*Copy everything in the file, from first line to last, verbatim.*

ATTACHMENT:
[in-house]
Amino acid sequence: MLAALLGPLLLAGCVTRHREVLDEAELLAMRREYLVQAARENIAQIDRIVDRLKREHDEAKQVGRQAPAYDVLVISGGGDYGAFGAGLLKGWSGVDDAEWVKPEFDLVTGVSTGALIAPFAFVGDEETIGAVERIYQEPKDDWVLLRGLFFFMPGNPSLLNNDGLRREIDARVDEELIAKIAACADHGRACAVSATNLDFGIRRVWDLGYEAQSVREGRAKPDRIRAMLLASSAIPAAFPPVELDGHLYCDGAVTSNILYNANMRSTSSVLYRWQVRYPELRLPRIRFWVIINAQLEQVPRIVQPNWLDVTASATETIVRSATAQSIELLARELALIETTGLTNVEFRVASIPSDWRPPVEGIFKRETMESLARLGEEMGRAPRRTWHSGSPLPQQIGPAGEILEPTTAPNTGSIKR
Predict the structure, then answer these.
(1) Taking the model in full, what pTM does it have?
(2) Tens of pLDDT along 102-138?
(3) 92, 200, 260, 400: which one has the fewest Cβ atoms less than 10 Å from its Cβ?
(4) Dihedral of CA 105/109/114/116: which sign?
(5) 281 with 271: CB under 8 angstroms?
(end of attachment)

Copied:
[in-house]
Amino acid sequence: MLAALLGPLLLAGCVTRHREVLDEAELLAMRREYLVQAARENIAQIDRIVDRLKREHDEAKQVGRQAPAYDVLVISGGGDYGAFGAGLLKGWSGVDDAEWVKPEFDLVTGVSTGALIAPFAFVGDEETIGAVERIYQEPKDDWVLLRGLFFFMPGNPSLLNNDGLRREIDARVDEELIAKIAACADHGRACAVSATNLDFGIRRVWDLGYEAQSVREGRAKPDRIRAMLLASSAIPAAFPPVELDGHLYCDGAVTSNILYNANMRSTSSVLYRWQVRYPELRLPRIRFWVIINAQLEQVPRIVQPNWLDVTASATETIVRSATAQSIELLARELALIETTGLTNVEFRVASIPSDWRPPVEGIFKRETMESLARLGEEMGRAPRRTWHSGSPLPQQIGPAGEILEPTTAPNTGSIKR
Predict the structure, then answer these.
(1) Taking the model in full, what pTM does it have?
(2) Tens of pLDDT along 102-138?
(3) 92, 200, 260, 400: which one has the fewest Cβ atoms less than 10 Å from its Cβ?
(4) Dihedral of CA 105/109/114/116: which sign?
(5) 281 with 271: CB under 8 angstroms?